• Policies that restrict funding faith-based organizations create an unintentional bias toward White-led organization
  • How it works
    • About 2/3 of Black-led nonprofits are in churches or other faith-based organizations
    • About 2/3 of White-led nonprofits are secular
    • Limited funding of faith-based organizations makes White-led nonprofits twice as likely to get funded
  • It is Critical to Continuing efforts of Office of Faith-based & Neighborhood partnerships

Statistics are explained in the attached spreadsheet at:

policies recommendation 1 reach out to indigenously led faith based nonprofits1
Policies Recommendation 1: Reach out to Indigenously-Led Faith-Based Nonprofits
  • Invest significantly in recruiting:
    • Grant reviewers from under-represented populations
    • Organizations led by minority groups that are under-represented
  • Intentionally prioritize intermediaries that show history of success in placing members in minority-led nonprofits
    • Consider expanding Native American focused initiative to include minority-led grantees with greater than 50% minority placements
policies recommendation 2 use diversity profiles for all cncs applicants
Policies Recommendation 2: Use Diversity Profiles for All CNCS Applicants
  • Recommend CNCS require all funding recipients to complete diversity reporting form as part of applications
  • Recommend CNCS publicly list their own diversity reporting form with the cumulative results of who they funded and who the members are
  • Recommend Diversity reports carry similar weight as financial and other outcome reports and should be listed in CNCS’s annual report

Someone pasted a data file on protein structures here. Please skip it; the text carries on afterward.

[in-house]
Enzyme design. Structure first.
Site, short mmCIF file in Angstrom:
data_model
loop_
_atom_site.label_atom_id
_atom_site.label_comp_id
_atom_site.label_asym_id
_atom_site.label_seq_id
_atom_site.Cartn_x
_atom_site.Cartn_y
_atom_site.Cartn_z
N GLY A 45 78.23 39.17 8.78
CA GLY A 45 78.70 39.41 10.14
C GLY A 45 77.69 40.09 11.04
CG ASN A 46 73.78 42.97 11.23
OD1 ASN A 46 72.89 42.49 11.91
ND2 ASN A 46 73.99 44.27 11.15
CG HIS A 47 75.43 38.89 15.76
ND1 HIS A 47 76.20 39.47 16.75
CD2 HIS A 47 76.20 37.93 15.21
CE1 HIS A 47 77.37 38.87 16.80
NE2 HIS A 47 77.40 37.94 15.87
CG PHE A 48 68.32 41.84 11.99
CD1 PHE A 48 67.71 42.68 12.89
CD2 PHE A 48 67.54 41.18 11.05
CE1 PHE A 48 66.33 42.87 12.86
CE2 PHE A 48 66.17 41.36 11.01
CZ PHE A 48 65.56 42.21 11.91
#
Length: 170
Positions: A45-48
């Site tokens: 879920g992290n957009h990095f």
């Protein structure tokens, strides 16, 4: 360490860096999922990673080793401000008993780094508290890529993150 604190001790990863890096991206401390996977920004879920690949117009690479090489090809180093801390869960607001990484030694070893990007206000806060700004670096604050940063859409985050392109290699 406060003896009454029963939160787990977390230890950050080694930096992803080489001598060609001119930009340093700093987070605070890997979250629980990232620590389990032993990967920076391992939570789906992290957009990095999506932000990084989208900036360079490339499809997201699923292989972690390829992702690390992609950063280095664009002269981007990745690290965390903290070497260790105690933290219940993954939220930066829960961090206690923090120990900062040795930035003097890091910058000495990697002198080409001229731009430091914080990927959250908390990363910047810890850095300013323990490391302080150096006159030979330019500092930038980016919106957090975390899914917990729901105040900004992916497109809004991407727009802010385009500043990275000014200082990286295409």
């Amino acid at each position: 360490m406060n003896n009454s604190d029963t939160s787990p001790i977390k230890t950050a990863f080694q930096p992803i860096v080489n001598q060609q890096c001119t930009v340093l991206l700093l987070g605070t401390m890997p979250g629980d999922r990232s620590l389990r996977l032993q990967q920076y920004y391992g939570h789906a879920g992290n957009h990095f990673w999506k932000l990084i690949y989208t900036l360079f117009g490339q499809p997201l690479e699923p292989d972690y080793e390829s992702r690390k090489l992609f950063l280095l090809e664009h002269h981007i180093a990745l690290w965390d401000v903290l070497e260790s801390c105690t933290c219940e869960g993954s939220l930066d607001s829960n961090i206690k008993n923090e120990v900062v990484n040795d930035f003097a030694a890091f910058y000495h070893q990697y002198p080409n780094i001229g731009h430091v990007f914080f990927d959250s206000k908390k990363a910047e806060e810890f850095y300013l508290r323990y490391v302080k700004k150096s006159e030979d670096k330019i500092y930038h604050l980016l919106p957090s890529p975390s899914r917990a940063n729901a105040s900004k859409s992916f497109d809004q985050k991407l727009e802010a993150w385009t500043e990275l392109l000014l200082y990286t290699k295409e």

• Diversity profiles & reports become an approximate measure for many of the subjective elements that are hard to measure in other outcomes
    • Diversity reports could be used to provide suggested corrective actions to grantees that significantly under-represent the populations they are serving
    • Diversity provides could help CNCS adapt its funding portfolio to better include under-represented groups
comparing bias in standardized testing to bias from standardized outcomes
Comparing Bias in Standardized Testing to Bias from Standardized Outcomes
  • Racial Bias
    • White or Asian: 150-200 point increase
  • Income Bias
    • 30 points per $10,000 of family income
  • The cultural bias of the SAT test is well documented and understood
  • The bias from standardized outcomes is similar but less well understood



understanding nonprofit funding bias
Understanding Nonprofit Funding Bias
  • Racial Bias
    • 97% of foundation funding goes toward White-led nonprofits
  • Income Bias
    • Estimated 95% of leadership of nonprofits is culturally middle class
  • Gender Bias
    • While 58% of nonprofit executives are women, the median income of a nonprofit led by a man has twice the median income of a nonprofit led by a woman